Sunday, December 5, 2010

Final Project: project #16

Toni and Brandi's Glog on

***there will be a video posted onto our Glog before our presentation wednesday night. Screentoaster was giving us trouble when we decided to record a "how to" video on creating a glog.***

Wednesday, December 1, 2010

Monday, November 29, 2010

C4T Summary Post Teacher #4

see mary teach

Second Language Learning in America
Mary Worell wrote a post on her blog See Mary Teach about students learning a second language in America versus other countries who know at least 3 other languages besides their native tongue.
On a recent trip to the grocery store I shyly approached a young man (probably a teenage boy) quietly stocking the shelves. I stammered out my best “Pardon, spreekt u Engels?” to which he replied “a little bit.” I let out a sigh of relief even though I knew the answer before asking – everyone speaks at least “a little bit” of English. I’d been in The Netherlands for long enough at that point to recognize a Polish accent when he spoke. I needed help figuring out what to do with my produce since a sign covered up the scale where I normally weighed my fruit and obtained my price. While this young man’s English language skills weren’t perfect, he still understood my question and gave me the answer I needed.
I was impressed, as I often am when outside the U.S., by this man’s skill in being a Polish immigrant to The Netherlands speaking enough Dutch to get him a job at a store and also speaking enough English to help me. This man spoke three languages. Maybe not perfectly or academically, but he still spoke three languages. This wasn’t some university professor who had spent time in another country or a young person privelged enough to attend second language lessons at a young age. This was a stock boy in a grocery store. 
This wasn’t the first time I’ve found myself shocked by the second and third language skills of people in countries other than my own. In France a garbage collector was able to give me directions in a nearly perfect English accent. In my Dutch class there are students with native languages that make learning Dutch much more difficult than it is for me (Thai, for example), yet their tongues form the words and when they can’t get their point across they switch almost effortlessly to English. It’s in these moments that I realize my stereotype of multilingualism as a hobby of the elite is completely unfounded.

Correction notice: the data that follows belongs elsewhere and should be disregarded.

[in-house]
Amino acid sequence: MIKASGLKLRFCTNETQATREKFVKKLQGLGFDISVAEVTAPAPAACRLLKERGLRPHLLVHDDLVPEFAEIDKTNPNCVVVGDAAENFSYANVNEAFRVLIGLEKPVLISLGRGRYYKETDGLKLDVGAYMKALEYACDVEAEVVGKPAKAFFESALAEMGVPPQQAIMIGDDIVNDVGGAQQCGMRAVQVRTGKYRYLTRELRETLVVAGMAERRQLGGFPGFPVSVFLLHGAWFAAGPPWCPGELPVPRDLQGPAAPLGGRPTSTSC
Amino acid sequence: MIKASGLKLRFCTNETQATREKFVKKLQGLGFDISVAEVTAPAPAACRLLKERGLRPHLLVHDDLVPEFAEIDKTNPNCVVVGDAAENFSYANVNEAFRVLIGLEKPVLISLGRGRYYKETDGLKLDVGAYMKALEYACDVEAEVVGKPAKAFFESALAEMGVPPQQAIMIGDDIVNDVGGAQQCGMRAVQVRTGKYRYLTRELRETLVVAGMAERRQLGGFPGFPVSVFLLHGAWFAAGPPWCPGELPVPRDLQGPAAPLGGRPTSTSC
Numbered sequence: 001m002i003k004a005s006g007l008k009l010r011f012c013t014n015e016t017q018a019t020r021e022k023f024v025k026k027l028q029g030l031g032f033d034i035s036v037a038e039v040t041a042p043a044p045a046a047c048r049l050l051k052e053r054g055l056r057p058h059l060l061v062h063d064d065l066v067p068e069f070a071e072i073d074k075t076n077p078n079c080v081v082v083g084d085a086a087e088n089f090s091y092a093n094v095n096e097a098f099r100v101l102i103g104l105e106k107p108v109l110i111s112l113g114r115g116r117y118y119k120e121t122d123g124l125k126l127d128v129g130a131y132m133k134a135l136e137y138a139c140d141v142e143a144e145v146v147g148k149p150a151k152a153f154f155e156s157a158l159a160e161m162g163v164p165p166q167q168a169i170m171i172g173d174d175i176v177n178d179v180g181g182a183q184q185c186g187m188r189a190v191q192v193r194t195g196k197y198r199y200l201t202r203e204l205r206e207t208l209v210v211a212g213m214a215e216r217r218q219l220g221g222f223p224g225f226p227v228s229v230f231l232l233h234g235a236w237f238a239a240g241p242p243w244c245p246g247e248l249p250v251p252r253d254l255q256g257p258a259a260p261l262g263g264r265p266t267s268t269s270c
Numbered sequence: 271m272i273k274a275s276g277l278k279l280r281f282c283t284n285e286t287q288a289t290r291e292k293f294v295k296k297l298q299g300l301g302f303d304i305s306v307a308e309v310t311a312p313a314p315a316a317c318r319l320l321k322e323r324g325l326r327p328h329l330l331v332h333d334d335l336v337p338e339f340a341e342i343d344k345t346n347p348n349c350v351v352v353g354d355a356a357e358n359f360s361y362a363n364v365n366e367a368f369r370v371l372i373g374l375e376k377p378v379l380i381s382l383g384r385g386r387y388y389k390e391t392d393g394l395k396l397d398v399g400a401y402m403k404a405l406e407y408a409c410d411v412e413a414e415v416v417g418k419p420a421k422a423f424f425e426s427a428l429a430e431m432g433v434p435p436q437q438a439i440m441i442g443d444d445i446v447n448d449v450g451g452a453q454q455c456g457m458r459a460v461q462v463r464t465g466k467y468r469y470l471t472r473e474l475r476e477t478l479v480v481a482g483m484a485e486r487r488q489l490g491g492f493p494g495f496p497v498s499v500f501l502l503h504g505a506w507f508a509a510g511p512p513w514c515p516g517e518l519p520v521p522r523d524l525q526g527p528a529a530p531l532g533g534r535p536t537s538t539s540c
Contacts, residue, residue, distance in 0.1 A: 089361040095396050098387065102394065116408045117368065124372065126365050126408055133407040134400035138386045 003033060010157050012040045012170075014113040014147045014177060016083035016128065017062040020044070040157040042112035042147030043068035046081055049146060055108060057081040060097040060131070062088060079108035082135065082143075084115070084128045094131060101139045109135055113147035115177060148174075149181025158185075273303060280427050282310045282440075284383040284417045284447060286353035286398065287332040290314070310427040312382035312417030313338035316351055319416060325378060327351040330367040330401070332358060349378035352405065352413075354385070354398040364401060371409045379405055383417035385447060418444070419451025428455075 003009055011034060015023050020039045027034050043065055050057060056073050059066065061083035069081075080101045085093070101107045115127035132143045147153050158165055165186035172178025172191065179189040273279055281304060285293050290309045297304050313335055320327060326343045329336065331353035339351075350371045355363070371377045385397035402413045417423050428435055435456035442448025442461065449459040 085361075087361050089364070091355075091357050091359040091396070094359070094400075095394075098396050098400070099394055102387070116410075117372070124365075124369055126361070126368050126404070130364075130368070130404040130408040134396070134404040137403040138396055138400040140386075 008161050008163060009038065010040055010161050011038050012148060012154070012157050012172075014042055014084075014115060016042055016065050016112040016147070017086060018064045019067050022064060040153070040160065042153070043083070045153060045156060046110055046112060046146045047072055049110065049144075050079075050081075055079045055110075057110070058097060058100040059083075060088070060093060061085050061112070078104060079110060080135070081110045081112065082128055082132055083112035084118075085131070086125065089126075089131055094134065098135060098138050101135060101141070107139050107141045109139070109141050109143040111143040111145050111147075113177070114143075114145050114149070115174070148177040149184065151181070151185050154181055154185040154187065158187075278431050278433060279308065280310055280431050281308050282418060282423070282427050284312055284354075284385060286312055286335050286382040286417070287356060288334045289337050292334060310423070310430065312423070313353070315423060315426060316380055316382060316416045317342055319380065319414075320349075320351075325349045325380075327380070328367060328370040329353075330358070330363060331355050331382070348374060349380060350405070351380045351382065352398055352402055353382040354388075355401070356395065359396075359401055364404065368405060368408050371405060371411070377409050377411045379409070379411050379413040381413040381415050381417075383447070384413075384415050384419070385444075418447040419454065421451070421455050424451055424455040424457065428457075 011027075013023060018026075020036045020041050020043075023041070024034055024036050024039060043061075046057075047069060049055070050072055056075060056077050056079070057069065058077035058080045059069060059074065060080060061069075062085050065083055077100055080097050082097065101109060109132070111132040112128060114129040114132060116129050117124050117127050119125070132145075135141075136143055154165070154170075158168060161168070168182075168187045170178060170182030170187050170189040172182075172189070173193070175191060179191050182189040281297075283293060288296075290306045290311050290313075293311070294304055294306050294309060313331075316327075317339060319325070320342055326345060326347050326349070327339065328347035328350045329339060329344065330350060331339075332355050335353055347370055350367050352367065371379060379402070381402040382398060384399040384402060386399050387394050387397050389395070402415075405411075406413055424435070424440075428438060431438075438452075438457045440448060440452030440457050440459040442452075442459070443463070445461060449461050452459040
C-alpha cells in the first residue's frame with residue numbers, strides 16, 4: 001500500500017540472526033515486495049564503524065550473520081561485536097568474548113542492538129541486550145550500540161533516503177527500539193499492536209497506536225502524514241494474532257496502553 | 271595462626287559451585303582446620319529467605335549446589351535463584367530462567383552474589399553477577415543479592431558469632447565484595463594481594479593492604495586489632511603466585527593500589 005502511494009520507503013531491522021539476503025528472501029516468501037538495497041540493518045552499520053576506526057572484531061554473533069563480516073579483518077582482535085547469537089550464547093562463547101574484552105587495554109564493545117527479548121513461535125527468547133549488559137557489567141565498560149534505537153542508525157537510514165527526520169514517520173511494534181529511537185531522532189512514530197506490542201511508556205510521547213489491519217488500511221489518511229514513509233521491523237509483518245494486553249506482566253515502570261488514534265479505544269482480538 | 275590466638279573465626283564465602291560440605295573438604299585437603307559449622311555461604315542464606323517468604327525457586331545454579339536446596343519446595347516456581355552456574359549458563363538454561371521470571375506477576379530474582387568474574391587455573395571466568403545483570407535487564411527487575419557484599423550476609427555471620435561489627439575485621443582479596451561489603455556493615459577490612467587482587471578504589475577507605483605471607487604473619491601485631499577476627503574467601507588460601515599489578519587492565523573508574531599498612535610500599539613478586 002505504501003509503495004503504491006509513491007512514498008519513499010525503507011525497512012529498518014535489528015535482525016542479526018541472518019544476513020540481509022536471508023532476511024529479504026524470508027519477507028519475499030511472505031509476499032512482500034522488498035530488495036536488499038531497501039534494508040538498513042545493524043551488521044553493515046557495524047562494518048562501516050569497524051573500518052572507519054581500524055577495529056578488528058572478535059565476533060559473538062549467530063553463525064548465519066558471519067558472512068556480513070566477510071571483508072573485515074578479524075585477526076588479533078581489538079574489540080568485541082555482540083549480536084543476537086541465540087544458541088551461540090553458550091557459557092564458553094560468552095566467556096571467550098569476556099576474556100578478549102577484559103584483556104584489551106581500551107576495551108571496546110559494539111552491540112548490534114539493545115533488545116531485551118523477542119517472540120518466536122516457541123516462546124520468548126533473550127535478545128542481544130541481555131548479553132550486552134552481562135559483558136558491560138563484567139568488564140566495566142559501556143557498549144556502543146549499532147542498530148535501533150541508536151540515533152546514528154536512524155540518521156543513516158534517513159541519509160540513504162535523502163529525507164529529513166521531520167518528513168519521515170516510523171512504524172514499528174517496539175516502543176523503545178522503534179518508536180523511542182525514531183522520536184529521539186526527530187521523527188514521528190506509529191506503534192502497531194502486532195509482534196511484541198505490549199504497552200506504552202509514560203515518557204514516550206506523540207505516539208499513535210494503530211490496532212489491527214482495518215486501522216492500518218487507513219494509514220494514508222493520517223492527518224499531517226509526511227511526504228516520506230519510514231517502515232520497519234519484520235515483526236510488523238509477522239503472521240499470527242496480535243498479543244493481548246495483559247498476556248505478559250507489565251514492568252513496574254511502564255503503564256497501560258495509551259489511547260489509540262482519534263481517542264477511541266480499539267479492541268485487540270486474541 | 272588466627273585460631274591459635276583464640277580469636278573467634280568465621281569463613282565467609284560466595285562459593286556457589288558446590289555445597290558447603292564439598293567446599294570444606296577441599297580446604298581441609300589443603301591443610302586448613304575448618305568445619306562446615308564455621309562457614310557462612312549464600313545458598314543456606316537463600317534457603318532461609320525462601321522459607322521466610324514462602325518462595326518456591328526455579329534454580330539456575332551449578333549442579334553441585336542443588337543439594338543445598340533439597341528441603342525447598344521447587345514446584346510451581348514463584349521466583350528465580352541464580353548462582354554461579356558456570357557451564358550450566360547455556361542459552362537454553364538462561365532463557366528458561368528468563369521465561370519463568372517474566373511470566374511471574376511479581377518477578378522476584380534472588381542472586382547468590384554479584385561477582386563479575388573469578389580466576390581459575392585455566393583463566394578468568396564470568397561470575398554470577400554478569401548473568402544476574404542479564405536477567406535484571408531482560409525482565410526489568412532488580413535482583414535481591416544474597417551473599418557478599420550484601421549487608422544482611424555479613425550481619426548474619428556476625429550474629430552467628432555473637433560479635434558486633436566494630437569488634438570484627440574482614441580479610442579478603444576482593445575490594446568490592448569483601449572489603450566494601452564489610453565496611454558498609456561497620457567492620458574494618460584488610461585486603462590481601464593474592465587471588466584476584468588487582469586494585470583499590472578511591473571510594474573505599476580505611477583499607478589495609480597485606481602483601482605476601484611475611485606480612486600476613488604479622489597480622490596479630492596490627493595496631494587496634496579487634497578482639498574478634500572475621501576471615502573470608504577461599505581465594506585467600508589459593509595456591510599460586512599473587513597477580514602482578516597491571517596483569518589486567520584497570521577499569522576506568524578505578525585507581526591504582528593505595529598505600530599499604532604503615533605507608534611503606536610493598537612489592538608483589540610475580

These moments shame me and inspire me. I am fluent in only one language – English. I attended a few private (and very low budget) Christian schools and graduated from public school where I was required to study Spanish. I also studied Spanish at university, but I can do little more than understand vocabulary words and simple sentences. Conversing is out of the question. I know very few people in the U.S. who are truly bilingual or even fluent in another language. The few people I know in America who are bilingual are so because they were raised in homes where English was not the first language spoken – not because their schools pushed them toward fluency in another tongue.
Research has shown us, time and time again, that the time in our development most ripe for language learning is at a young age, yet very few schools begin foreign language study at the primary level. On a recent trip back to America, I had a chance to grab a drink with a friend I taught with last year and we both lamented our inability to speak a foreign language and the daunting prospect of attempting to achieve fluency as adults. We felt jipped by our educations – like the people making the decisions didn’t think we were important enough to cultivate into global citizens. Unfortunately, part of the problem with foreign language education in the American public school systems is time. Students often have to take five or six classes each year just to graduate, leaving little time for in-depth study of a second language. And many students can graduate without ever having studied a foreign language.
America has put so much pressure on English and math courses as “most important” in the curriculum. Many of my students struggled with communicating clearly in their native English tongue and they were approaching 18 years old, so one might ask why we should even bother getting those students learning another language on top of English. We should do it because there is no better way to understand your native language than through the lens of a foreign one. I have never been so cognizant of English grammar constructions than when I started studying Dutch. I’m an “English teacher,” yet I’m continually learning about my own language as I learn a second one. To understand how the Dutch construct a sentence one has to understand how it differs from how sentences are constructed in your own language.
The lackluster foreign language education in America is breeding unilingual teachers like myself. The teachers who are bilingual (or multilingual) see the marketability of that fact and may reach beyond the borders of America for more lucritive and exciting careers in international education or opt for private schools that will compensate them for the rarity of fluency in a second language. Or they may skip over the prospect of education as a career since pay scales are set in stone and allow little room to compensate new hires for unique skills.
Dutch students are required to study not just their native language and English in school, but French and German. We put limits on the potential of American students by not pushing them to study two or more languages. Being able to speak a second or third language instills confidence in students and opens up new worlds to them, not to mention it helps to mold them into more global-minded individuals by allowing them to delve into cultures other than their own. While I hate the rhetoric about America “losing” to other countries in certain fields and studies, I would ask the leaders that make that argument as a push for standardized testing how they expect the students that score highly on those bubble tests to help America “win” if they can’t communicate in languages other than English?